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A Voice for Private Physicians Since 1943

Stop Licensure Compact in North Carolina

Dear NC AAPS Members and Friends,

Please take a quick moment to speak out and ask your legislators to oppose SB 380 and keep North Carolina from tying itself to a failing organization, the Interstate Medical Licensure Compact. Get your message on the way with a few clicks at: https://p2a.co/znaCcC8

The Interstate Medical Licensure Compact “may seem like a positive step to those who don’t have the time to look at it very closely,” explains Professor Shirley Svorny.  She continues, “[t]he compact is being promoted disingenuously, as addressing license portability and access to interstate telemedicine…. Adding the Compact Commission creates another layer of bureaucracy and costs.” 

One particularly harmful provision: eligibility to obtain a license through the Compact requires current ABMS board certification. And of course for most physicians current ABMS board certification requires participation in MOC. 

In addition, “all laws in a member state in conflict with the Compact are superseded to the extent of the conflict,” and  “all lawful actions of the Interstate Commission, including all rules and bylaws promulgated by the Commission, are binding upon the member states.” In other words, the Compact would take autonomy away from the State of North Carolina and hand it to an out-of-state commission meaningfully unaccountable to citizens of North Carolina.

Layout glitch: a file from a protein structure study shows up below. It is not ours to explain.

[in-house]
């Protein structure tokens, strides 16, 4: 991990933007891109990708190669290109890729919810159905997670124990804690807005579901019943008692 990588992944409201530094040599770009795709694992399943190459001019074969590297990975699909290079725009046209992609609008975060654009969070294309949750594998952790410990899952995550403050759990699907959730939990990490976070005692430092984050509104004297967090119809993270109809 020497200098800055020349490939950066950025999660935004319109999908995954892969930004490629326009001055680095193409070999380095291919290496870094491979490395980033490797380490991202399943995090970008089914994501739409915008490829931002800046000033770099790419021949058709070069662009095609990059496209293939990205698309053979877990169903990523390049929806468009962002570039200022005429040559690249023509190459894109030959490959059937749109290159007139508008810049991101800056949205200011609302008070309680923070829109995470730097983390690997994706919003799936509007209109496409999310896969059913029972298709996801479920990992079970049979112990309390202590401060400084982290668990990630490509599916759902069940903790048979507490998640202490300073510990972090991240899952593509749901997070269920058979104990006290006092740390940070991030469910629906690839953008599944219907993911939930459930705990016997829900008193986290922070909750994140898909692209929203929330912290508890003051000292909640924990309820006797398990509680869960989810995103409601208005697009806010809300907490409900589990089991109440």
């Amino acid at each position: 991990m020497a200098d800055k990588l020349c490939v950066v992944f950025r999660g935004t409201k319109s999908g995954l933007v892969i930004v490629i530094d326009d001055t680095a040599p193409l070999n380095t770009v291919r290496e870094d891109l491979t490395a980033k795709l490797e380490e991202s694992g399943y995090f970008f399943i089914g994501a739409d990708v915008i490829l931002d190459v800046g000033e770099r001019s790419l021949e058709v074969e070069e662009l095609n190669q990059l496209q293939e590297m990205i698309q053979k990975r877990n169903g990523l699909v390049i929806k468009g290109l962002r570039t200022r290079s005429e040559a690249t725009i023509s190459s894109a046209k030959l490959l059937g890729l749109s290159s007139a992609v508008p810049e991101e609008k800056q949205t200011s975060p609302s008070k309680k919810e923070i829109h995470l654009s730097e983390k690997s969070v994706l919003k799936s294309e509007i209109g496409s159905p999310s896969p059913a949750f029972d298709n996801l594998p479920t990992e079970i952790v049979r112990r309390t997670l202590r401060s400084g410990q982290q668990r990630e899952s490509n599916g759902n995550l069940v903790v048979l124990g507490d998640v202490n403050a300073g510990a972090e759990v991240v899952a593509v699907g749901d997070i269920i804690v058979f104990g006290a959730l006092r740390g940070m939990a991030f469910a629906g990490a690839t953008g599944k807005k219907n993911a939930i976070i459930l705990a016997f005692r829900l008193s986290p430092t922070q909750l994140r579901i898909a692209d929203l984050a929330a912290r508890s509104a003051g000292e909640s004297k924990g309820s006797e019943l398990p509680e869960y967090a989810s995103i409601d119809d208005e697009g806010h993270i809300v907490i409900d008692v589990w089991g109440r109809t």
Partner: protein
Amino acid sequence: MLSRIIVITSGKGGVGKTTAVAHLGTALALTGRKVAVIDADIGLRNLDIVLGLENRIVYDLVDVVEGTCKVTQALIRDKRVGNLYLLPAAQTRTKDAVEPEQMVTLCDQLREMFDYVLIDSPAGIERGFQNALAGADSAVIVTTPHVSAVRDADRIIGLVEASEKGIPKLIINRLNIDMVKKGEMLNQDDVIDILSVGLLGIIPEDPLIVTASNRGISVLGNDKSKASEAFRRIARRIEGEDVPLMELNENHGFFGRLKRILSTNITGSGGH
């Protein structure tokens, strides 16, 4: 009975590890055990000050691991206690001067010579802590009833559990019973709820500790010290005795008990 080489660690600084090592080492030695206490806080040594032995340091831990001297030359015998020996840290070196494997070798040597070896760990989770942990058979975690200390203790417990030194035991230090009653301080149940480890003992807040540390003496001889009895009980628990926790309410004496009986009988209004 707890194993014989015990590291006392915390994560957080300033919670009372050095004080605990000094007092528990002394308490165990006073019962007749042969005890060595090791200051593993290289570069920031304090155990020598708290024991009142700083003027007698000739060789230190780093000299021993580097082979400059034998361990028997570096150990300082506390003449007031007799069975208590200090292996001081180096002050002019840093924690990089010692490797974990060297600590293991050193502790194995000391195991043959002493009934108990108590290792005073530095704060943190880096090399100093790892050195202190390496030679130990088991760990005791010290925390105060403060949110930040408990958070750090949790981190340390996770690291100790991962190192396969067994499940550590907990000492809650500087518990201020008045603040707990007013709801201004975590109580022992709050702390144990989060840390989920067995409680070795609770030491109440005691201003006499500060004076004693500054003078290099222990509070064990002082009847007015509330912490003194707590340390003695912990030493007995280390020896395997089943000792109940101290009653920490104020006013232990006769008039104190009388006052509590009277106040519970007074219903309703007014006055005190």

So it is incredibly disturbing that a bill to bind the State of North Carolina to this Compact has been introduced as SB 380.

Adding more red tape is exactly the wrong approach during these difficult times facing both physicians and patients. In fact, last year the State of Florida rejected the Compact because it would increase the time (and expense) it takes for a physician to be licensed while decreasing licensees’ due process rights. The Missouri, South Carolina, and Rhode Island legislatures joined Florida in rejecting compact legislation in 2020.The Texas Legislature has rejected the compact three sessions in a row.

Most states have already taken steps to streamline the licensure process during the current emergency demonstrating that the Compact is not needed. North Carolina should enact solutions that fit the specific needs of North Carolinians.

Additional Red Flags Warning NC to Stay Far Away from the ILMC:

letter the Iowa Medical Board sent to the Interstate Medical Licensure Compact Commission (IMLCC) on June 30, 2020 is full of red flags for why North Carolina should avoid binding itself to the Compact.

Iowa writes: “The level of disorganization and lack of communication with the IMLCC staff are greatly frustrating member states’ efforts to comply with the mandates of the compact to streamline the licensure process. … In sum, our Board has serious concerns about the efficacy of the IMLCC staff’s role in maintaining an efficient and effective multistate licensure compact.”

The IMLC appears to be in serious trouble.  According to recent commission minutes, meeting attendance has become a problem and the commission has 17 vacant commissioner positions currently. Current commissioners and potential candidates for these positions must realize there are major problems and are keeping their distance. No one wants to board or be the last person off a sinking ship.

What’s more? Vermont, joined the Compact May 1, 2018, but in the 12 months from April 2019 to March 2020 the state issued a total of EIGHT licenses to practice in the state via the Compact, according to a IMLCC report. This indicates that instead of bringing new licenses into states, the Compact maybe facilitating the export of physician manpower from states that join it.

Please take a quick moment to speak out and ask your legislators to oppose SB 380 and keep NC from tying itself to a failing organization.

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